Saturday, 23 April 2011

Angry post about a hospital birth

It's interesting that the last post I published was on the day a friend of mine was "due" to have her baby.

And I'm writing this one on the day she gave birth to a precious little girl.

Correction. On the day her precious baby girl was cut out of her in an emergency caesarian that closely followed her induction. I don't know all the details just as yet, but I can just fill in the blanks. 

Yet again, another perfectly healthy pregnancy, without a single complication, yet another healthy first time mother (not even 30 yet) who gets denied the possibility of a natural birth, who gets chewed up and screwed over by a system that pushed her/convinced her of the necessity of an intervention because, let's face it, it's almost Easter and, I can guess, the obstetrician is going away so really they needed to push this birth earlier. Or am I too cynical?

So, instead of an uncomplicated beautiful vaginal birth, instead of magical after-birth moments of gazing at this beautiful new life, of focusing on learning how to breastfeed and understanding the cues that this little person is giving out, she now also has the added stress of the aftermath of major surgery.

Not fair, not fair at all.

Another friend of mine gave birth a few months back. Thankfully she managed to birth vaginally. Sort of: her daughter had to be extracted by vacuum/forceps (can't remember now which one) because she got stuck in a cervix that wasn't dilating any more. That was less than 12 hours after another unnecessary induction, she was only 7 days "overdue".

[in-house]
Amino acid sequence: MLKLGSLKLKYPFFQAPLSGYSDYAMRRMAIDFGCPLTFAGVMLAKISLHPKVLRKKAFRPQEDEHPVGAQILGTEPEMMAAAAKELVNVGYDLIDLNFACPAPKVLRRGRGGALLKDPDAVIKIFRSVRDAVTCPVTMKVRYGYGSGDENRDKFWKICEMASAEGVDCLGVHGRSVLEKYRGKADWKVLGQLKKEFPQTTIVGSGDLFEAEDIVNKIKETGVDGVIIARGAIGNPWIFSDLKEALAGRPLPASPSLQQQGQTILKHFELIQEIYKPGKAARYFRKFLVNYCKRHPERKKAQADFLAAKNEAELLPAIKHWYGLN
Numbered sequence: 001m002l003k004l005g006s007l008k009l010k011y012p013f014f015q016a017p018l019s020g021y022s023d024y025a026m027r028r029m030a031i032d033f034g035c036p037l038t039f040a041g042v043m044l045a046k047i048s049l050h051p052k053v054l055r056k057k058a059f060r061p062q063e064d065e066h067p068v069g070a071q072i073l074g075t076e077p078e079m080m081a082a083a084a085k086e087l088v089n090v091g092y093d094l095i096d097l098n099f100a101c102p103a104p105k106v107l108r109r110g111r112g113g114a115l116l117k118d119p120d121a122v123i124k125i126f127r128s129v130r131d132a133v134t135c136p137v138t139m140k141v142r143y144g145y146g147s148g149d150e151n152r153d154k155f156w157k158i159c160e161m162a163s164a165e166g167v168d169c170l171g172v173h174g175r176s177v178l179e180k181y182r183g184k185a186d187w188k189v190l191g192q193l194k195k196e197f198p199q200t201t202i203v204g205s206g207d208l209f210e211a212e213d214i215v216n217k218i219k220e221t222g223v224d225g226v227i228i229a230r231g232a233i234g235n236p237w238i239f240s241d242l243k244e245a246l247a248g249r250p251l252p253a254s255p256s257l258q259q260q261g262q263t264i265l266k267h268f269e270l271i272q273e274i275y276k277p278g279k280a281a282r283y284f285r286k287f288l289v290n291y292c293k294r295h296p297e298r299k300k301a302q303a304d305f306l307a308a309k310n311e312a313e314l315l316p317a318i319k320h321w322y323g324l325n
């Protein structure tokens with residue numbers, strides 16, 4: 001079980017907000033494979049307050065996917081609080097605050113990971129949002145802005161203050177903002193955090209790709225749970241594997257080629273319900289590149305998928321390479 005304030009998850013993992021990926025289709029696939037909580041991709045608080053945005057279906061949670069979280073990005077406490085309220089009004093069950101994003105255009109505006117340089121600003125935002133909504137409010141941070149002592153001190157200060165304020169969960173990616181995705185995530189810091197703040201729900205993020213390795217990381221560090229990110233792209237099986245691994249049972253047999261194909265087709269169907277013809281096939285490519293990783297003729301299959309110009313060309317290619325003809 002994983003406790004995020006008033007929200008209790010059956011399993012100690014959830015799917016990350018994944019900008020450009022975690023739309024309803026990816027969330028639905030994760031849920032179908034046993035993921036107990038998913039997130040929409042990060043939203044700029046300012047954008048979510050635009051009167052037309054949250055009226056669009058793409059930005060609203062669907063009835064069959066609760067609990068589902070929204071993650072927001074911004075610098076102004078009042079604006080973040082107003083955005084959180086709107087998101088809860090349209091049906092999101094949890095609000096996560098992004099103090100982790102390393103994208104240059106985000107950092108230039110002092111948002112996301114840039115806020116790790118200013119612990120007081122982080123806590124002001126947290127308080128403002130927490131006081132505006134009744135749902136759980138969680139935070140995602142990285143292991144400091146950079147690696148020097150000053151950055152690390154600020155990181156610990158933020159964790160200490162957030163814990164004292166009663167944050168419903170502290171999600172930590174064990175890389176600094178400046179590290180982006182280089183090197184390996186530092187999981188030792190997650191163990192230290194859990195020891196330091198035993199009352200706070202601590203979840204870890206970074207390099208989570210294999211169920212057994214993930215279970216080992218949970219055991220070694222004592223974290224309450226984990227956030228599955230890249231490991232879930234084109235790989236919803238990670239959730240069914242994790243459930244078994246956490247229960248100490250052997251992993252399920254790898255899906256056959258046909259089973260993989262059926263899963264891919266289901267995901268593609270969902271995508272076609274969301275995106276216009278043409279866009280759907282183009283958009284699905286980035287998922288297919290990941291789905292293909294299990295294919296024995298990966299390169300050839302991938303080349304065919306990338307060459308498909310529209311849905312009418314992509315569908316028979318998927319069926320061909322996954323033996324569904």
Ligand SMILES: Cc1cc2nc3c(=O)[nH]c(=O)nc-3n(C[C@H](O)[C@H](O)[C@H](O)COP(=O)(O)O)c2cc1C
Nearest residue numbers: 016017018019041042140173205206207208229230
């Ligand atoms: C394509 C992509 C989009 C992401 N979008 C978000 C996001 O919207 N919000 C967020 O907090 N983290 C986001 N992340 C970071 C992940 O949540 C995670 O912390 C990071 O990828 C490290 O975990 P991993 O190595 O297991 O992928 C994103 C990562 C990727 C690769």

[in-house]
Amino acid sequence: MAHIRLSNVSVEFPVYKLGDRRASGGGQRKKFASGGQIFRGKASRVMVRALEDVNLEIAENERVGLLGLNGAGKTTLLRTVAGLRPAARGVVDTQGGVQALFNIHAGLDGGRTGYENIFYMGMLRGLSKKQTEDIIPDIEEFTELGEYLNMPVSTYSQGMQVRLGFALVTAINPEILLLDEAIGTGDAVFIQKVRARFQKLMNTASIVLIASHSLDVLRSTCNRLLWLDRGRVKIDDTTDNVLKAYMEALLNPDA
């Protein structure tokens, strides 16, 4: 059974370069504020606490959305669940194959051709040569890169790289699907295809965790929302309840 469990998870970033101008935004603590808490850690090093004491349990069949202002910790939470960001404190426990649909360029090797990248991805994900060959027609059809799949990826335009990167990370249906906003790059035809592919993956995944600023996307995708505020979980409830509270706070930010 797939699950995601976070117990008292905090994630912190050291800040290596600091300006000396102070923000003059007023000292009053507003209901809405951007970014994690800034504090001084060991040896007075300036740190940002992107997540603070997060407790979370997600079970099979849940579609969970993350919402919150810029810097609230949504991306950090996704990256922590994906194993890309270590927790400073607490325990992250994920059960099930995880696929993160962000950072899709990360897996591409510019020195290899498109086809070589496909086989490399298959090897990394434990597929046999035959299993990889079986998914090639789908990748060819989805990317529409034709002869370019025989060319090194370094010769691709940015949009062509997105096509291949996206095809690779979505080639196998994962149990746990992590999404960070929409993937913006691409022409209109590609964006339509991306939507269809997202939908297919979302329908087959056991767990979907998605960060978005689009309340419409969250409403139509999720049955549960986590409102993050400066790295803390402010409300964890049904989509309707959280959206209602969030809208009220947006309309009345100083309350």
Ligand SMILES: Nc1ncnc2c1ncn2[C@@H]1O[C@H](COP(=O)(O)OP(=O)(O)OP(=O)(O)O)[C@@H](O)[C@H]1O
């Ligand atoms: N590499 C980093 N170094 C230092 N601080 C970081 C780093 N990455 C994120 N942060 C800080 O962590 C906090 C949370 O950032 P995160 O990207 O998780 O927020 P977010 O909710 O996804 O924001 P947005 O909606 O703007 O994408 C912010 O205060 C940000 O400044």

Which made her 41 weeks pregnant. Hang on, isn't a normal pregnancy anywhere between 38 and 42 weeks pregnant? So what's the rush? Ah yes, of course, private health system.

And another friend, this time in the public system, was administered so many epidural drugs (after a long and painful labour with her firstborn, she decided to have pain relief just as her 2nd labour was approaching the 24 hour mark) that she could not move or feel a thing below her neck. And that ended too in emergency caesarian. 

Another friend was planning a birth at the Family Birth Centre at the Mercy in Heidelberg, but her daughter was in such a hurry she was born at home. All good there, having already had a 1st natural birth and being an informed AP, she had no issues as to what to do. The issue started when they called the ambulance to get transported to the hospital, just to make sure all was ok, especially since she was struggling to birth the placenta. So the young doctor on duty said "let's get theatre ready". His idea was to cut her open to get the placenta out. WTF! Thankfully she was in the know, and thankfully the midwives from the FBC came to her rescue etc, but still.

I realise these are not horror stories: nobody died, nobody got paralysed, nobody got disfigured. But still, these are common stories of common women who got denied the unique opportunity to feel like an almighty child-birthing Goddess :)